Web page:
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What Women Think About Guns … and What the Anti-Gun Media Doesn’t Want You to Know By Beth Alcazar

What Women Think About Guns … and What the Anti-Gun Media Doesn’t Want You to Know By Beth Alcazar

At this year’s 2017 USCCA Concealed Carry Expo in Fort Worth, Texas, I had the opportunity to lead a panel of women: five leaders and trailblazers in our industry who have each carved out unique paths but who all fight for the same 2nd Amendment goals. We explored a variety of topics — from working with female shooters to getting friends and family involved with safe firearms — but one question revealed some powerful and poignant answers … the type of answers that the anti-gun media tries to cover up or hide.

As we know, it has been said many times that a firearm is a great “equalizer,” a tool that can even the odds and possibly offer a fighting chance in a dangerous, life-threatening encounter. I brought up this quote to our five panelists and asked them what word or words they would use to describe what firearms mean to them.

Creator of Girl’s Guide to Guns and host of Love at First Shot, Natalie Foster was the first to answer. She said that to her, firearms meant “family.” As she described, in one way, a gun is a method of protection for those she loves and cares for, but in another way, a gun is often a common ground that she shares with thousands of like-minded individuals who have become, in many ways, like an extended family. I can assure you that the media would avoid this description at all costs. Their goal is to get others to believe that firearms isolate and alienate people … not connect them and bring them closer together.

Building on what Natalie said, the word “love” was Carrie Lightfoot’s answer. Carrie is the founder of The Well Armed Woman, and as she explained, a firearm can be one of the greatest means for showing how much you love someone and what you are willing to do for them. Interesting to note that the media typically uses the word “gun” with the words “violence,” “hate” or “danger.” Yet for Carrie — and for so many women in the industry — it is the word “love” that comes to mind when we consider the sacrifices we make to train with and carry a firearm for protection.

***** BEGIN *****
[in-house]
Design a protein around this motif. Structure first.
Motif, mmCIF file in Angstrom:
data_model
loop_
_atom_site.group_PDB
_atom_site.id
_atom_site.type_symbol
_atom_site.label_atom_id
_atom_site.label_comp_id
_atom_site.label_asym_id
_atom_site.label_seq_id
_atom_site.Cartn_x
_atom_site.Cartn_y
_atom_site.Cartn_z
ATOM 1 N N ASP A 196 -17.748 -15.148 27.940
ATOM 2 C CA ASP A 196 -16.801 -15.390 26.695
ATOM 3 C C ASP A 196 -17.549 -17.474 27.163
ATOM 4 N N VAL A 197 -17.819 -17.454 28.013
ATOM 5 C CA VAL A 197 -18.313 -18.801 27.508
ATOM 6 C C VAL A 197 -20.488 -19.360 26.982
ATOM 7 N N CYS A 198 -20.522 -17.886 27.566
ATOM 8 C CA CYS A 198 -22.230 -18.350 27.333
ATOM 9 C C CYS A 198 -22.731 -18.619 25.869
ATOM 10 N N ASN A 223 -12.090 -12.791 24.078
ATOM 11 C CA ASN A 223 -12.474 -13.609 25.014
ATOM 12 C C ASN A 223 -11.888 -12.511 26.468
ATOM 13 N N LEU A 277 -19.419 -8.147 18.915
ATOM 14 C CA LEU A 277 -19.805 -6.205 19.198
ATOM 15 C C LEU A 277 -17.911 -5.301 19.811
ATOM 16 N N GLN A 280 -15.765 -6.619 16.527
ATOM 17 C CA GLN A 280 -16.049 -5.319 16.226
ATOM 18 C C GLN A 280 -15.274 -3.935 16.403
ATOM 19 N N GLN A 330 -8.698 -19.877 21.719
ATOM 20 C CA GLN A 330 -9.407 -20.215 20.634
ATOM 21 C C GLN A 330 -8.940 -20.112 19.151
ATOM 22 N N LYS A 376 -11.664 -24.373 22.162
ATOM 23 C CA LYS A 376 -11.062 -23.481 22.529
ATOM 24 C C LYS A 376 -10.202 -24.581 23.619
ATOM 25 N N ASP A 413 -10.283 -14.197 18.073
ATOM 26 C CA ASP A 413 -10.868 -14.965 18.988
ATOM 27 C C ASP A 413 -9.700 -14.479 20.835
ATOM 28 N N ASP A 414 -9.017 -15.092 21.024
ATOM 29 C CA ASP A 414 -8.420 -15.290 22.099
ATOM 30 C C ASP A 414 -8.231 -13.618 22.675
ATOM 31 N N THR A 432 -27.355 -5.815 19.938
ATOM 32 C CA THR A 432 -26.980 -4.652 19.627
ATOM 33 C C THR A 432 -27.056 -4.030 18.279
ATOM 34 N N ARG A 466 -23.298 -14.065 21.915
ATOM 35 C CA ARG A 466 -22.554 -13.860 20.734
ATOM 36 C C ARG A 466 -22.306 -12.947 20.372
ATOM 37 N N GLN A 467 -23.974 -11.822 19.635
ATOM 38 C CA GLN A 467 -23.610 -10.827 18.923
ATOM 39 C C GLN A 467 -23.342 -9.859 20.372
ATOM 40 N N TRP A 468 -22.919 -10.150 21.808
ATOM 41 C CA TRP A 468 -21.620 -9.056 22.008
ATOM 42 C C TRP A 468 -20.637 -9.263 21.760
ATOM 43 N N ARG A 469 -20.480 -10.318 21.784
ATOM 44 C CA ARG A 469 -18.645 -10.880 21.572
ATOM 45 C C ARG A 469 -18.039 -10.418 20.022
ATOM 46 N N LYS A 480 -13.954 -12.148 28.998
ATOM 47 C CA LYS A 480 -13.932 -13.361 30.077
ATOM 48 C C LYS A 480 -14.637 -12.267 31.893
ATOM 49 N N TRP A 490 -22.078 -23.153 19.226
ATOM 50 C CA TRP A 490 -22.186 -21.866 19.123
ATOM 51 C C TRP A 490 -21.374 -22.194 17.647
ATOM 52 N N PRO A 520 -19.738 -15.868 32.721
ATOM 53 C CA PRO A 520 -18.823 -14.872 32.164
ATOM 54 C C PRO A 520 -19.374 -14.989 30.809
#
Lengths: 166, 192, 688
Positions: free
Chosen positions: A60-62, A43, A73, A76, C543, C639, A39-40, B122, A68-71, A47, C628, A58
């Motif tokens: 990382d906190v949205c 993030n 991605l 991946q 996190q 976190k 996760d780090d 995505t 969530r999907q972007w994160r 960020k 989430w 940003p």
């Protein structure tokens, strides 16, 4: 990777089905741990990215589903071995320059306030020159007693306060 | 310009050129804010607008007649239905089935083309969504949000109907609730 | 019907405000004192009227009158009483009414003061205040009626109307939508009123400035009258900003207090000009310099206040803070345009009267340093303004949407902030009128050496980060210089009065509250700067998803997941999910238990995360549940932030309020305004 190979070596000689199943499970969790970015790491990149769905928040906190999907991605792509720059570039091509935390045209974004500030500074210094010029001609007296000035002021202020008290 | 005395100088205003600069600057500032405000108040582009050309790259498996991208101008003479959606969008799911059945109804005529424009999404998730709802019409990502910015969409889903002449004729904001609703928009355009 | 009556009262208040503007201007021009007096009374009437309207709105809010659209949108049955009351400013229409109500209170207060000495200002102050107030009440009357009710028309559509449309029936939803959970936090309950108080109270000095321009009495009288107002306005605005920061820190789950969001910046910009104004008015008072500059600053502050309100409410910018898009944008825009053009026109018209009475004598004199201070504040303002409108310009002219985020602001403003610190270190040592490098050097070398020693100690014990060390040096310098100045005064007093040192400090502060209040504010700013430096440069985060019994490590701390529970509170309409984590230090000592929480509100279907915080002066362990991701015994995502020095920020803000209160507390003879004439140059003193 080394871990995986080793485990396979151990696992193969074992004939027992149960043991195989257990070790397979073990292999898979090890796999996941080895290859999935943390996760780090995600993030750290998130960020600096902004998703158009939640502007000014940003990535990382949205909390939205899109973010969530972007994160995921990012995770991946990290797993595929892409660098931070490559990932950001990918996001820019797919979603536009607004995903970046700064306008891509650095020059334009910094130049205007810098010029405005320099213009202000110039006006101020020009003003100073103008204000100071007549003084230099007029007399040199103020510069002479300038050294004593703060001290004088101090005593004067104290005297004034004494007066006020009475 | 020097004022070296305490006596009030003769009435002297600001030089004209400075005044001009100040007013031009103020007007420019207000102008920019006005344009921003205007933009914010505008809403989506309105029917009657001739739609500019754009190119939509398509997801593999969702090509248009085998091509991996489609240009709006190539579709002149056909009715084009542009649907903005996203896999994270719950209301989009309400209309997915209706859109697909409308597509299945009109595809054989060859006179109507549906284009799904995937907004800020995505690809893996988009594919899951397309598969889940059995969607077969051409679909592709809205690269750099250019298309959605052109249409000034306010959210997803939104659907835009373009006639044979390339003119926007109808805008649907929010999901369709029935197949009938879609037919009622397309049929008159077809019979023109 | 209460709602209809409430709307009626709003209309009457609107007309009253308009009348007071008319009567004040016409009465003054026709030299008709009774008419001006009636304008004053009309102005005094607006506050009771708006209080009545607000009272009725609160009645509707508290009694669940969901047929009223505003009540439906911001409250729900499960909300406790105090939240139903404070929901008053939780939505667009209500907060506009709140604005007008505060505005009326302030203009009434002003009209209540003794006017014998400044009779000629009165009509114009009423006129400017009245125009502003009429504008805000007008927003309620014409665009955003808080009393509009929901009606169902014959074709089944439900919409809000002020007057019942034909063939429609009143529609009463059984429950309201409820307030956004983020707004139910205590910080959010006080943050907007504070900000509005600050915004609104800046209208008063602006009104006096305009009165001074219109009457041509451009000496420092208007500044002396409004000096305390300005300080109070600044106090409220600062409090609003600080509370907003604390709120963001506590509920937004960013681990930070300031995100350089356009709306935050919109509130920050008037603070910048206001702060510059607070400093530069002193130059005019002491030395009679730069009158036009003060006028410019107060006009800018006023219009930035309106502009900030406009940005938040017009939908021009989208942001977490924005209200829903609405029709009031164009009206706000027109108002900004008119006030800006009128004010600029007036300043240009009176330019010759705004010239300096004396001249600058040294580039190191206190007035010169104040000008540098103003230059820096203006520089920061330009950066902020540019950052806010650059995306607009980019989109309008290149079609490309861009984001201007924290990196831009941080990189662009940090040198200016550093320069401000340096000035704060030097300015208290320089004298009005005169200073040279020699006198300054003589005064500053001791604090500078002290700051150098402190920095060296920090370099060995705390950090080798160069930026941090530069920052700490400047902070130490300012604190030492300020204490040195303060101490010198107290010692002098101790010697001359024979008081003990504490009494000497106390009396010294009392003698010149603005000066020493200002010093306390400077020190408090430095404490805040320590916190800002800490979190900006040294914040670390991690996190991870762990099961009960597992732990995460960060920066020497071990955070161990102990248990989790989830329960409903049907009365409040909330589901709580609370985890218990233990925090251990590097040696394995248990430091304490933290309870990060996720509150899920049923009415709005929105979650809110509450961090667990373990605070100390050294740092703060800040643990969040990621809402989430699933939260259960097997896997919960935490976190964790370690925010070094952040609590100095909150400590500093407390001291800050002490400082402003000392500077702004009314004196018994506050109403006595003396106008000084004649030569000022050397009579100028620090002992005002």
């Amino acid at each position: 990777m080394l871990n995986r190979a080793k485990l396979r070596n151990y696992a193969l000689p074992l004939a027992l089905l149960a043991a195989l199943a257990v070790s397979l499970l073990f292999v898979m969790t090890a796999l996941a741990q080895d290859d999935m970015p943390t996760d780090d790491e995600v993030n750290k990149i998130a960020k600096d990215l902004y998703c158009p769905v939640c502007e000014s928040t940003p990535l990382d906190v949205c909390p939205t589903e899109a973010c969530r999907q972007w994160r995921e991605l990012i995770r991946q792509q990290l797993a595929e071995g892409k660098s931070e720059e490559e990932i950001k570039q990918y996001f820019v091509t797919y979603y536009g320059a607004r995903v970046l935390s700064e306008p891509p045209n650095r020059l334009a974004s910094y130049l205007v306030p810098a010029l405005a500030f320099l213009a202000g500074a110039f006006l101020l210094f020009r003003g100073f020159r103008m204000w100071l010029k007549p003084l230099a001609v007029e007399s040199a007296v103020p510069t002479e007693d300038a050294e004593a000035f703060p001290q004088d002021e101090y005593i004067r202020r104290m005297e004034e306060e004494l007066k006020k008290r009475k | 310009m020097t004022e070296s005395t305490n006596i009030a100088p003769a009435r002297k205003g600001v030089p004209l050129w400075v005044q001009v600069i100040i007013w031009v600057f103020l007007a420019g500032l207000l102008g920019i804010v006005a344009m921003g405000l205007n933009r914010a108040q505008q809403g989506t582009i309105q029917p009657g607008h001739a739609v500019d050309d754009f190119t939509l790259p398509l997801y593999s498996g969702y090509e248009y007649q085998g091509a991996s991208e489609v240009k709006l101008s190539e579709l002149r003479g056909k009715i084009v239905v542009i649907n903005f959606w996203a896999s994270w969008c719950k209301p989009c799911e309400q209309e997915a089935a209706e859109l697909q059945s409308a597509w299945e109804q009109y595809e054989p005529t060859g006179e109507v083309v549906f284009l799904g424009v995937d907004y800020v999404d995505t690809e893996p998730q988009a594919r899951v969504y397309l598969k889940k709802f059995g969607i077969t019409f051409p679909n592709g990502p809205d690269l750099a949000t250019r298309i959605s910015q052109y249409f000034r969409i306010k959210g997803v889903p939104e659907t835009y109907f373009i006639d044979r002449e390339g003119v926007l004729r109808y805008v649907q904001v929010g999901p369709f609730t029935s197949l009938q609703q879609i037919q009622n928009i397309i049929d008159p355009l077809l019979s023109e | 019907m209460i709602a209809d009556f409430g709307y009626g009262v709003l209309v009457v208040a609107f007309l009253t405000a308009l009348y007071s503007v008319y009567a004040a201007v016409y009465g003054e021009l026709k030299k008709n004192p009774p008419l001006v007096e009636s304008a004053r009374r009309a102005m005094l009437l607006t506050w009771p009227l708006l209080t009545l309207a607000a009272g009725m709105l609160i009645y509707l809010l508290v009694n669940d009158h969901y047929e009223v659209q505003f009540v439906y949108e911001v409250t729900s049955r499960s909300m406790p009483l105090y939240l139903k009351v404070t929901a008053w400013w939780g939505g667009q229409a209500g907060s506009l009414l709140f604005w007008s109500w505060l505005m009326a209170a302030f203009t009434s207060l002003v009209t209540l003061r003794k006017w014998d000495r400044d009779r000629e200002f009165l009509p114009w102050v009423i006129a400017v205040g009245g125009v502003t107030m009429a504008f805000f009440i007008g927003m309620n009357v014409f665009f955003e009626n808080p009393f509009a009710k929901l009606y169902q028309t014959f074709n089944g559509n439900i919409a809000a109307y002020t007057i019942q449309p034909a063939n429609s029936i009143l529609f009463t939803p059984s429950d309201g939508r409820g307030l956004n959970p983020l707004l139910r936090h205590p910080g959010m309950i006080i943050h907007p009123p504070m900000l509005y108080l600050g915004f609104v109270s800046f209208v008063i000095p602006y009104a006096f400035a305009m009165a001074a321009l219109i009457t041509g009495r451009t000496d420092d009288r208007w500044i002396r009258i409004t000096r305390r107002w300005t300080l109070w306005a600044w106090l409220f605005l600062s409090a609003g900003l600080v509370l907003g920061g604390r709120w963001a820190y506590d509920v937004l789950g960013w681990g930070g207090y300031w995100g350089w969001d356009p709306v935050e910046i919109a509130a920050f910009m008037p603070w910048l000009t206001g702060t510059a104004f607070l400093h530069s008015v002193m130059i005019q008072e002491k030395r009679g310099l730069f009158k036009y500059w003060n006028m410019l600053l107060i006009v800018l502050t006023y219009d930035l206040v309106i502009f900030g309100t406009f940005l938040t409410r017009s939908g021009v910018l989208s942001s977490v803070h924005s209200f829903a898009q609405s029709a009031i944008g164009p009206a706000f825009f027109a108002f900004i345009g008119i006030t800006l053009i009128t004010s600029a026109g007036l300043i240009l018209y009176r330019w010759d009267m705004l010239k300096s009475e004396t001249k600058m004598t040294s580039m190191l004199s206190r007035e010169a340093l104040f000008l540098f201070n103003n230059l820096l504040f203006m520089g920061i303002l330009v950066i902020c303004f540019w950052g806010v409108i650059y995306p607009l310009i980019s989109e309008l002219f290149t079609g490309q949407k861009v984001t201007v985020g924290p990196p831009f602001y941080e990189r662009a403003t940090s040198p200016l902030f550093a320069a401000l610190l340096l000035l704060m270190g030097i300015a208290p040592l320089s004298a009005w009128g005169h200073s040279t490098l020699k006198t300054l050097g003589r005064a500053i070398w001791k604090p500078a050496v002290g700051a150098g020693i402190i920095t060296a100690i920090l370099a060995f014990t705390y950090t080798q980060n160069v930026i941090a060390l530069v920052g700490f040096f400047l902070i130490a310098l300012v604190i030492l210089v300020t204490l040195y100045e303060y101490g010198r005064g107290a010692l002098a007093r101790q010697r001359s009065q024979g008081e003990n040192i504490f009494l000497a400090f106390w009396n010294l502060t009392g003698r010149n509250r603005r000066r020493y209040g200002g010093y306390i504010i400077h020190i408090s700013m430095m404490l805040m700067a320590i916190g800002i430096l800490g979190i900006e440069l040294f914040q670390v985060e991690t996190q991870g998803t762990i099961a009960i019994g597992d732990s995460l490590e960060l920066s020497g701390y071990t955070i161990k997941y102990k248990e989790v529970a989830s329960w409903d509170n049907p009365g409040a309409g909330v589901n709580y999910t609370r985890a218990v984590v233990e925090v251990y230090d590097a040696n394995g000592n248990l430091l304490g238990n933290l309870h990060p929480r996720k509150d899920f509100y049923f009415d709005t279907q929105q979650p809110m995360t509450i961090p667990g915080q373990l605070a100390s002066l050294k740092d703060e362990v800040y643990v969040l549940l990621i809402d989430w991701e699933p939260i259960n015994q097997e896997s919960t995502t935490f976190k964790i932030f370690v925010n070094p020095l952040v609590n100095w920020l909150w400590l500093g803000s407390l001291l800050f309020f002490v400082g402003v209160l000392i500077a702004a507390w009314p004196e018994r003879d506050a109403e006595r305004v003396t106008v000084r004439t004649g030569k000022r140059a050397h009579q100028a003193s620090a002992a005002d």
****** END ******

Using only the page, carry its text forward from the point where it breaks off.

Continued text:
Panelist Julianna Crowder, founder of A Girl and A Gun Women’s Shooting League, said that for her, firearms meant “confidence.” And in her 11-year career as a firearms instructor, Julianna has seen, firsthand, thousands of men and women find the courage and self-assurance to live their everyday lives because they’ve trained to be safe and responsible with a gun. That’s something you won’t often hear on the evening news.

Antonia Okafor agreed and added that along with “confidence,” a firearm also means “safety.” She would know this well, as the founder of EmPOWERed, a national student organization that empowers, educates and equips young women on college campuses to have a firearm for self-defense. Antonia knows, as we all do, that a firearm is not a first choice, but it can often be a last resort … and the difference between life and death.

Founder and president of Nickel and Lace, Marilyn Smolenski, added her response that firearms mean “awareness.” As she pointed out, being armed requires a whole new level of responsibility, and situational awareness is a vital part of that. Being armed causes us to pay attention and to use our senses and our intuition to make smart decisions and, hopefully, to avoid potentially unsafe situations.

While the media prefers to ignore safe and responsible gun owners and would probably love to say that — for women especially — guns stand for vulnerability, negativity, insecurity, hatred and danger, our panel eloquently proved that this is NOT at all what trained, knowledgeable women would say. Beyond being the great equalizer, firearms mean a whole lot more to women and, no matter what the anti-gun media chooses to report, firearms can actually stand for some of the most important and positive aspects of life — confidence, safety, awareness, family and love.

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